The end of the film

I was in the Navy in Japan relaying messages to ships off the coast of Vietnam from December 1972 through November 1974, just as America was desperately trying to get out of that war. Watching the final episode of Burns & Novick’s film tonight surely didn’t make me feel very good about the promises we reneged on and the haste with which we bailed on our allies. No matter how corrupt their politicians were, the South Vietnamese Army deserved better from us.

I remember seeing the famous photograph of people clambering up a ladder to get on board a chopper on the roof of the Embassy in Saigon on April 29, 1975. I don’t know whether I saw it in The Stars and Stripes or in Newsweek, and I know I didn’t know the whole story of how our erstwhile friends and co-workers among the Vietnamese were turned back from other helicopters that day, but I remember the sense of disbelief that the US would leave so unceremoniously.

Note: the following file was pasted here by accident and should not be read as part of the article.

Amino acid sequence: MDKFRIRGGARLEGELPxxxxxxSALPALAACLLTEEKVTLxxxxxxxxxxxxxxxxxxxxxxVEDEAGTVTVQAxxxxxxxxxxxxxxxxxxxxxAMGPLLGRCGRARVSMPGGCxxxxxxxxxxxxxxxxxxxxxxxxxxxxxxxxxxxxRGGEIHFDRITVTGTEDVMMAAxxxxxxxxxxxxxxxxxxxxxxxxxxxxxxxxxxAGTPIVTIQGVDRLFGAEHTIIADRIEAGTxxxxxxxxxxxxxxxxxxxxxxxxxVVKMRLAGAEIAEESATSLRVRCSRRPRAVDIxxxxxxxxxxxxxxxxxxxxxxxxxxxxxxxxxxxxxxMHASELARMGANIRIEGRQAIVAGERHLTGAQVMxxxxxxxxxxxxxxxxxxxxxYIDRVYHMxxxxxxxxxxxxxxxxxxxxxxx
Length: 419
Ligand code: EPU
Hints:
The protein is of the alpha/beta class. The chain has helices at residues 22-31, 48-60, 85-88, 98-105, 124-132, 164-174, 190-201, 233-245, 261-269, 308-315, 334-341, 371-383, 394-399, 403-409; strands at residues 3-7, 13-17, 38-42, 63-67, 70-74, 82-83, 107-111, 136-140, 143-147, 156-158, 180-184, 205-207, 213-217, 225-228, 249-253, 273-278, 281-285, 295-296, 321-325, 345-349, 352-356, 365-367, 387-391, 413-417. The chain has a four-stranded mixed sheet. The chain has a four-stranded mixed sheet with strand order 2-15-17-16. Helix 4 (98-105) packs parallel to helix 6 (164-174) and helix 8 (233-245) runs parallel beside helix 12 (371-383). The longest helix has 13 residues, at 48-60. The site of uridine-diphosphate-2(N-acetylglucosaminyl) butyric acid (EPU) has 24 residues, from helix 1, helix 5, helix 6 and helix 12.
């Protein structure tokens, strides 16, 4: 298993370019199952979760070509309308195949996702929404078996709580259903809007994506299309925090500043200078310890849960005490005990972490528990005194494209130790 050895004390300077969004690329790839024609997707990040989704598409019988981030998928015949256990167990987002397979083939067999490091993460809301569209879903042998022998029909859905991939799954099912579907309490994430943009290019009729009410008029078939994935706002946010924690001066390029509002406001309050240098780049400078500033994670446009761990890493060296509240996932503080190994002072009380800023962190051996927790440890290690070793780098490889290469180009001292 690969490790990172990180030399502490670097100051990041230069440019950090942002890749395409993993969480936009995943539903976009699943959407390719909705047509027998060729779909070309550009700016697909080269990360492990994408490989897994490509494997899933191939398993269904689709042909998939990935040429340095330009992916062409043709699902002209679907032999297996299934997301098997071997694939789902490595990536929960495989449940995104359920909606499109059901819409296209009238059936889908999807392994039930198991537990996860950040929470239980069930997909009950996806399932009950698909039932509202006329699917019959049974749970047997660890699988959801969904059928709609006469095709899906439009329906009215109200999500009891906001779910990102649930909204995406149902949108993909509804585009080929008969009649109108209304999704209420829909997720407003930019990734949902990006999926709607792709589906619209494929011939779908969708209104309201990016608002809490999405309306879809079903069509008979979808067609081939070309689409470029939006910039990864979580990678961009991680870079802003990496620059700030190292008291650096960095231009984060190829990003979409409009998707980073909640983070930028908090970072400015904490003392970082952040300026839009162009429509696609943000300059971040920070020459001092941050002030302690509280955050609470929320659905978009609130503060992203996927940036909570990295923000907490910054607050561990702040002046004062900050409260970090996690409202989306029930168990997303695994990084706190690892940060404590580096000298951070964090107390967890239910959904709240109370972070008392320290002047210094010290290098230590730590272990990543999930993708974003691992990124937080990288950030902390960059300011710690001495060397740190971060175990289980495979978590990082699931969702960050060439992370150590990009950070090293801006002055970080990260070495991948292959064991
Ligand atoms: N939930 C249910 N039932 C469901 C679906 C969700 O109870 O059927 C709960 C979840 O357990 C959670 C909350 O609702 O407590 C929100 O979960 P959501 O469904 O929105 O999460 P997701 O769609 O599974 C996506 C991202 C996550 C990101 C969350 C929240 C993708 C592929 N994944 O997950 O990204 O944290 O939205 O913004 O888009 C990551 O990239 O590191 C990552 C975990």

Thinking on it now, we didn’t cover ourselves in glory at any point in that war, so why would the way we left be any different?

I’ve been to DC to see the Vietnam Veterans Memorial once in 1984. I didn’t know anyone whose name was on it, but that didn’t keep it from being a very moving experience.

That documentary will stick with me for quite a while.


  1. I have a cousin on the wall. I never knew him, or if I met him I was very young. Still, it was extremely moving to see his name there among the rest.

    I have still only watched the first part of the documentary, because I felt so much disbelief and frustration at the whole thing already that I don’t know if I even want to go further.

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